Maylen probably didn’t realize that he wasn’t going to come home that night. He wasn’t sure if he ever wanted to return. He didn’t know where to go or what to do; the gnawing in his chest from earlier had stopped. It didn’t feel like someone was biting into his heart anymore; they had long finished their morsel and left him with a gaping hole. As he stumbled down the stairs from their suite, he found himself grateful for the cold embrace of the rain outside.
The click of the desk lamp coming to life in the otherwise dead silent office space was nearly deafening. James pulled his chair out and sank in with his head in his hands. He needed a place for solace and serious thought, and he could really spend as long as he wanted in his workspace. Maylen had tried to call him at least a dozen times already, but he had already turned his cell phone off. He didn’t have anything he wanted to say to her now.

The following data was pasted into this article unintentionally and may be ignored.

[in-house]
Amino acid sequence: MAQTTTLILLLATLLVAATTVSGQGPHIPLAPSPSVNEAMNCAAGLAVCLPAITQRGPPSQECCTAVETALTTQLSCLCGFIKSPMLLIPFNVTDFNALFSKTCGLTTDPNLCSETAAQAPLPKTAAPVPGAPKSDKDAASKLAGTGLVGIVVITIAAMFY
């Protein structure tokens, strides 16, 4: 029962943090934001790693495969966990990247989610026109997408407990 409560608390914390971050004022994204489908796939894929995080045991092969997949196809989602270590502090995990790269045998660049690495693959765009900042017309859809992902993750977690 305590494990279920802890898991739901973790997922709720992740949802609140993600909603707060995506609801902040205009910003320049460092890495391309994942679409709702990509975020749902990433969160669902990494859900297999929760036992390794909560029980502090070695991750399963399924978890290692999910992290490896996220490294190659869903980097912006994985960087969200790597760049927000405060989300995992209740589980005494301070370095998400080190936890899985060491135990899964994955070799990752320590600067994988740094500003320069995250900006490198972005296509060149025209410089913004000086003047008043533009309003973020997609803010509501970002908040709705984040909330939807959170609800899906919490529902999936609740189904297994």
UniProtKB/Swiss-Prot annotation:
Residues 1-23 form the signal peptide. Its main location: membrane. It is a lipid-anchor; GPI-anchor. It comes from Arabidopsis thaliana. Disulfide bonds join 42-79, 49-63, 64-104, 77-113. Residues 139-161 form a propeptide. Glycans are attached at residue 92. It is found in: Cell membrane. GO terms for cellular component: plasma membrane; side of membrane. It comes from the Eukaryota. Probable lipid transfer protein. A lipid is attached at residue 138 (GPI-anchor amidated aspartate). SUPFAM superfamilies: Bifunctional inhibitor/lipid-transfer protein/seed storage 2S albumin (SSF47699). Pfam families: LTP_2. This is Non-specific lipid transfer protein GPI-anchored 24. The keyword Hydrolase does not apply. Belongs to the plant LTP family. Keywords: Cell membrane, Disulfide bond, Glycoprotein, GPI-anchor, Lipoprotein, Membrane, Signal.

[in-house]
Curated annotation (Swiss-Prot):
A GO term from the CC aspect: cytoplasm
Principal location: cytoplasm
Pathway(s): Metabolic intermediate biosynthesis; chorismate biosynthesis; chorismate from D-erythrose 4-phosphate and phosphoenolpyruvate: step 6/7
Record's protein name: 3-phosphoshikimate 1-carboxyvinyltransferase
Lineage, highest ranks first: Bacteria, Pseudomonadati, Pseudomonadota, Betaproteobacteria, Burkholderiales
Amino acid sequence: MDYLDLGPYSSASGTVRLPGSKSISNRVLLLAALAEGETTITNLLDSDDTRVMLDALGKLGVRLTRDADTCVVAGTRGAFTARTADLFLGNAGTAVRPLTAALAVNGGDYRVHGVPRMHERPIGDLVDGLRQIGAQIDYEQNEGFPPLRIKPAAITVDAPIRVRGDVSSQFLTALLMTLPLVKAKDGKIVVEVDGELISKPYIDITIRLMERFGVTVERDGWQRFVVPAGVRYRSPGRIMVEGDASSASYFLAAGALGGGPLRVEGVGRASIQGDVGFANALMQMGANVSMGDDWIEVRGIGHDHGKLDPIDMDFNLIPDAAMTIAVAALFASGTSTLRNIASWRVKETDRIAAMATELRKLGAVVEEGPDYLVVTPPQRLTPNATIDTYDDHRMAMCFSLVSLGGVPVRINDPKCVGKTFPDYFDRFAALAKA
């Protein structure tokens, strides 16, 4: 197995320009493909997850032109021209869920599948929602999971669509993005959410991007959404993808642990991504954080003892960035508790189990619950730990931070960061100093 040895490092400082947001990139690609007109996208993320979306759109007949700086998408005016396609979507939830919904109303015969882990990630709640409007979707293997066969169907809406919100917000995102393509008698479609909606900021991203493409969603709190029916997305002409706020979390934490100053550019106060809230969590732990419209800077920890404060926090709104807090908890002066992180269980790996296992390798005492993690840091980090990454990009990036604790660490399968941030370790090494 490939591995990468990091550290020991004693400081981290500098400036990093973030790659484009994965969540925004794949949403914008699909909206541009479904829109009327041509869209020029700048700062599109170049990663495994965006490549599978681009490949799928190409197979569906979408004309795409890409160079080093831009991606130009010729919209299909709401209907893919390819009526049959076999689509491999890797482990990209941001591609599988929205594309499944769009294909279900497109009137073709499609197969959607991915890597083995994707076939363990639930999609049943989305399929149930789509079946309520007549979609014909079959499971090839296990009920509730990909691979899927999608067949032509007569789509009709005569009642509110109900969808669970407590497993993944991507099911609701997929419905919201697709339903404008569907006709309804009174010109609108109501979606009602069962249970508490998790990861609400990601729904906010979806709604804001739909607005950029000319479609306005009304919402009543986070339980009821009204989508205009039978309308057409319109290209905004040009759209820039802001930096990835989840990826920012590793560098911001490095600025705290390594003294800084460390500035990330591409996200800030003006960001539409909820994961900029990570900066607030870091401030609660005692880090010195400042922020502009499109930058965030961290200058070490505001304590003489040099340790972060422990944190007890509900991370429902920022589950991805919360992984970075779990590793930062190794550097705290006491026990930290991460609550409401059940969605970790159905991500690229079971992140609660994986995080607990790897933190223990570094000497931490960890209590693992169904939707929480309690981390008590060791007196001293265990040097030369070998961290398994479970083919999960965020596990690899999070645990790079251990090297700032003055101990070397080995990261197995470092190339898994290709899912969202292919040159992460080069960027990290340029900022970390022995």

The world was coming apart at the seams, far too quickly for him to process anything rationally. He didn’t know what he would do from here on out. Losing Maylen was losing far too much that he could afford; he had invested almost everything in the both of them together. He didn’t have anyone else he was close enough to turn to after losing the person whom was supposed to be his everything. James found himself staring off into the darkness of the office space and realized for a moment who the other man was in their house that day.
Justin. He looked over at the man’s workspace. He idly wondered how long Justin had been mocking him just a few feet away for sleeping with his wife. Strangely, he didn’t resent the man. His thoughts were less focused on who he was and what he did and more on what would happen to Maylen and himself now.
Movement in the darkness caught James’ eye. It was coming from the entrance to the office. The hallway lights were out, but he could barely make out the movement of a shadow a few feet in front of him. Could a coworker have forgotten something and come back? They all had building access keys, and as much as he hated to admit it, security here was poorly regulated. The fact that he could come back at all hours of the night and simply sit in his office was testimony to that. He kept his eyes fixed on the area where he sensed movement. No one appeared in the building doorway.